I don’t like myself, I’m crazy about myself.
~ Mae West~
I celebrate myself, and sing myself.
A basic truth of life is this: you can’t get it right with others until you get it right with self and you can’t get it right with self until you get it right with God. We should accept and see ourselves as God see us but there is a big difference in that and the self-absorbed life. Alan Bloom was right when he said, “We are being told the healthy inner-directed person will really take care of others. To which I can only respond: If you can believe that, you can believe anything.” It is healthy to take a look at ourselves from time to time, but it is neither wise nor called for to erect a monument there.
Putting Self- Love in Its Place
And you shall love the Lord your God with all your heart and with all your soul and with all your mind and with all your strength … You shall love your neighbor as yourself. There is no other commandment greater than these. (Mark 12:30-31 ESV)
Based on what you see in our culture, what percentage of people would underline “as yourself” in those words of Jesus? It has even become popular for those who call themselves Christ followers to emphasize the need to love one’s self. “How can we love others,” they ask, “if we don’t love ourselves?”
The best way to understand what Jesus was really saying is to read the context of where he said it. In Mark 12, Jesus was quoting from Leviticus 19:9-17. The broader context of that passage has to do with God’s people being so aware of His presence that that they remember to not take advantage of those around them. Israel was being commanded to treat all people equally both in business, personal dealings, and justice.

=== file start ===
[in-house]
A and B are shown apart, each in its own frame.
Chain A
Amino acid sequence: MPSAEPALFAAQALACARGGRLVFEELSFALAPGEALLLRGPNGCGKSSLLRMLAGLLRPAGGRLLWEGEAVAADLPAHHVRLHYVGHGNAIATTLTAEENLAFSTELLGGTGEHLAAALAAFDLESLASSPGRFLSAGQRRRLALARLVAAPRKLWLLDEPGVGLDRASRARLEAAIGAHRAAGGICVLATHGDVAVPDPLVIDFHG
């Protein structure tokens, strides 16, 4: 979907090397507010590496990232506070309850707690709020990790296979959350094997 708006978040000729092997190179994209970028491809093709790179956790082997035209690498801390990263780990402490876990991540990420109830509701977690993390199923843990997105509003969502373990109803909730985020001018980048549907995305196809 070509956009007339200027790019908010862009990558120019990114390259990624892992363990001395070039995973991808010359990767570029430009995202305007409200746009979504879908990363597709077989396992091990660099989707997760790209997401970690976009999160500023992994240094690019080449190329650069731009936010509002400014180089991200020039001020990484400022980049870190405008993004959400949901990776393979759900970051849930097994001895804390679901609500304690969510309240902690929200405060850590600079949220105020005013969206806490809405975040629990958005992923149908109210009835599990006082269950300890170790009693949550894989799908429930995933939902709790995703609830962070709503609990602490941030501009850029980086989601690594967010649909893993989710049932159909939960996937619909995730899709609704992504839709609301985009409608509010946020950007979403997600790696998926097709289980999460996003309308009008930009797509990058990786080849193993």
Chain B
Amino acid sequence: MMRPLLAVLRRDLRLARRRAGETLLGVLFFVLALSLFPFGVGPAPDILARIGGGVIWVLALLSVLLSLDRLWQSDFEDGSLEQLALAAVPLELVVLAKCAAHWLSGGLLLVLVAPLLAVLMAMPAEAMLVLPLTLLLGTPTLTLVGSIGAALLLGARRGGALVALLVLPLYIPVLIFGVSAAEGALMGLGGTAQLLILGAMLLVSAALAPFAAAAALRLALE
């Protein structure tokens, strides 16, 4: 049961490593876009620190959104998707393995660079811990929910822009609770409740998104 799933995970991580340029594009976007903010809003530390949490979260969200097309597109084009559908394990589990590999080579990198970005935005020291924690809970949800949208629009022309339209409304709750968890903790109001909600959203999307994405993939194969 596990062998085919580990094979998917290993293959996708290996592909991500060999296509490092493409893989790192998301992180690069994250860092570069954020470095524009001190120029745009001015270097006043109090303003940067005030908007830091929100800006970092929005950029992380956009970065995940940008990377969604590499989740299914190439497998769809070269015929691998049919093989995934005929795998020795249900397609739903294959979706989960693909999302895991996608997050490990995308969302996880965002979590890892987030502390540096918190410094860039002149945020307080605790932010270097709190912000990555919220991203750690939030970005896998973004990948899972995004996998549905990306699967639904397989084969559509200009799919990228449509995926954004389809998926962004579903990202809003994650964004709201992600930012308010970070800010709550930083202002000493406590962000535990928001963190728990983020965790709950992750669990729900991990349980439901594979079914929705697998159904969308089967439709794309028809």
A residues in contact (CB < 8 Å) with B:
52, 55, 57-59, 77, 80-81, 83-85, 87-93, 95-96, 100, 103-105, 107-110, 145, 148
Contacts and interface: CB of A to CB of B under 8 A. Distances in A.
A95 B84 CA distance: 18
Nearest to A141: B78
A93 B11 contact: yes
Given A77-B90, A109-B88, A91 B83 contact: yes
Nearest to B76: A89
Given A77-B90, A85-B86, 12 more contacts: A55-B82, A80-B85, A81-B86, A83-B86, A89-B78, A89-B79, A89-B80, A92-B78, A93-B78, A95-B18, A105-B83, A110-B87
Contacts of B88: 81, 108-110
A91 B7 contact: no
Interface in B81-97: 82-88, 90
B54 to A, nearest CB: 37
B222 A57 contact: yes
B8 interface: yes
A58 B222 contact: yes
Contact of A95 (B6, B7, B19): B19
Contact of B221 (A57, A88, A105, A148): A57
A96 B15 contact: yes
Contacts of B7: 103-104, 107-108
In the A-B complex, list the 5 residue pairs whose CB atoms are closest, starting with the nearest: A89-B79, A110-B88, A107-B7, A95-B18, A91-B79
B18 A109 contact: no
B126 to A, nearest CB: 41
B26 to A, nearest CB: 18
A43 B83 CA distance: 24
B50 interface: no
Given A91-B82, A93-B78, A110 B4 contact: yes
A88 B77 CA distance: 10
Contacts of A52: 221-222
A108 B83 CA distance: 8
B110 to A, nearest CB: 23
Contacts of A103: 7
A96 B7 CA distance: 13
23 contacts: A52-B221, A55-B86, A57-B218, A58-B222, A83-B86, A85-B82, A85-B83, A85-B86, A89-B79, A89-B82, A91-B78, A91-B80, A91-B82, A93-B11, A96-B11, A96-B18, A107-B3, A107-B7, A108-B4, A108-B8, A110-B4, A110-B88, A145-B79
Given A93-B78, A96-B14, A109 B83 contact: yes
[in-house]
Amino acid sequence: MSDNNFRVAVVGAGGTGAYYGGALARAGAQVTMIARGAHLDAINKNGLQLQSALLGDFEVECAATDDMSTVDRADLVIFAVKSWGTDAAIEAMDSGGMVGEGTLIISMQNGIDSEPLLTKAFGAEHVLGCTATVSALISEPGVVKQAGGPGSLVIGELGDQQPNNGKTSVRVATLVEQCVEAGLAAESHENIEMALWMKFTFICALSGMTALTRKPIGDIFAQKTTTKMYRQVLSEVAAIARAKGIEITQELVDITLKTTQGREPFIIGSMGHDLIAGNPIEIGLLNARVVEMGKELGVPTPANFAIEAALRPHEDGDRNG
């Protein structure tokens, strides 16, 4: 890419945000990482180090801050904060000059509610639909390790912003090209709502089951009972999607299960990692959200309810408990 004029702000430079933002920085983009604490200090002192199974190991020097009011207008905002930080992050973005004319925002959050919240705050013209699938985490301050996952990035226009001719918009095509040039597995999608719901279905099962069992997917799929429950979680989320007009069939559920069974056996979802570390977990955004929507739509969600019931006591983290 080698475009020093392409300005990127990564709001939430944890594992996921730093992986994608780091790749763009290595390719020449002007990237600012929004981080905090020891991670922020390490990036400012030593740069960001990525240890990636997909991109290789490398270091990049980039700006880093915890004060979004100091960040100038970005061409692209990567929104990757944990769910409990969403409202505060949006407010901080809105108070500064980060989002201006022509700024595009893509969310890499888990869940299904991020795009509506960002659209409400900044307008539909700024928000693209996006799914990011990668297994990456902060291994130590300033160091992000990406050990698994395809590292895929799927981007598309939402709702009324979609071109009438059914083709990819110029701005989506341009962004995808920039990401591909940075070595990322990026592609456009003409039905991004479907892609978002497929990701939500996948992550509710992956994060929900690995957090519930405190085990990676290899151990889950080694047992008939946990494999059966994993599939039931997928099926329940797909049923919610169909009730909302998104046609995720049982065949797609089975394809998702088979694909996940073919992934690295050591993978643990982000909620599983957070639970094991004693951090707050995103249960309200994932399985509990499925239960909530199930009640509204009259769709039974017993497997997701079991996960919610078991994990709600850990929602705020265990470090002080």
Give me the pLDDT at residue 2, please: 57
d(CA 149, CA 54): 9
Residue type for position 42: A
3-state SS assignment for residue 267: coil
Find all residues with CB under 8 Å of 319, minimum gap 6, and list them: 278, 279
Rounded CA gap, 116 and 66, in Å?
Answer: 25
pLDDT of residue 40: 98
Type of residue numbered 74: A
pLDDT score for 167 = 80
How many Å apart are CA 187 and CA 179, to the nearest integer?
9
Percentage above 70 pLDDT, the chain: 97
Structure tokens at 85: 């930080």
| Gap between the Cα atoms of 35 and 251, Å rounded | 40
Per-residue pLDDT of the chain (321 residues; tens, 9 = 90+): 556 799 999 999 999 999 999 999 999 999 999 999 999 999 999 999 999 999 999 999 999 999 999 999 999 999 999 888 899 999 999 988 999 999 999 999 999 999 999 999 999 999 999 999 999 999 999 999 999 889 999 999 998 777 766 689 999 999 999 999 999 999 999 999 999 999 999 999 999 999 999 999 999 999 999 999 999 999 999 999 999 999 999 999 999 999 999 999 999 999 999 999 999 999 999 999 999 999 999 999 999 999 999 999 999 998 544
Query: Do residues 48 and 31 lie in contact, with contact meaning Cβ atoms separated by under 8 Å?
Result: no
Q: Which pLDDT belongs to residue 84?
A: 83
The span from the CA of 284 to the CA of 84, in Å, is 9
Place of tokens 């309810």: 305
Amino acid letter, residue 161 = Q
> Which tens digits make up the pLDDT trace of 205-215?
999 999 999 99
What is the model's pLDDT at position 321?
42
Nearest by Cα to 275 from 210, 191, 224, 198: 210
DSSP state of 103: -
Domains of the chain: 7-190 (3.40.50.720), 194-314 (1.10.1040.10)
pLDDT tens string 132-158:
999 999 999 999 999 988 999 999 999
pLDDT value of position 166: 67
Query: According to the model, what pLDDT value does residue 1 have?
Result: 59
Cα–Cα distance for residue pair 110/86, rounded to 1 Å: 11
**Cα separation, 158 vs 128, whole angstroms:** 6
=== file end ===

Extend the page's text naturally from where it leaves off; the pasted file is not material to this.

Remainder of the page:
What is sometimes called the Golden rule is repeated in James 2:8. But the broader context of that entire chapter has to do with a warning against playing favorites in the church because of how people look or how much they possess.
We should accept ourselves and see ourselves as loved and valued by God, this is true. But too many have misapplied Jesus’ Great Commandment to mean we need to love ourselves in order to love others. Consider these quotes from some popular preachers of our day:
- “The core of original sin, then … could be considered an innate inability to adequately value ourselves. Label it a ‘negative self-image,’ but do not say that the central core of the human soul is wickedness.”
- “You cannot love your neighbor until you already have a healthy love for yourself.”
- “Classical theology defines sin as `rebellion against God.’ The answer is not incorrect as much as it is shallow and insulting to the human being. Every person deserves to be treated with dignity …”
This kind of thinking is getting the proverbial cart in front of the horse. The real question should be, “Is our problem how little we love ourselves or how little we love others?” Both Jesus and James make the assumption that we already love ourselves enough and tend to look out for our own self interest to the exclusion of others.
The Real Problem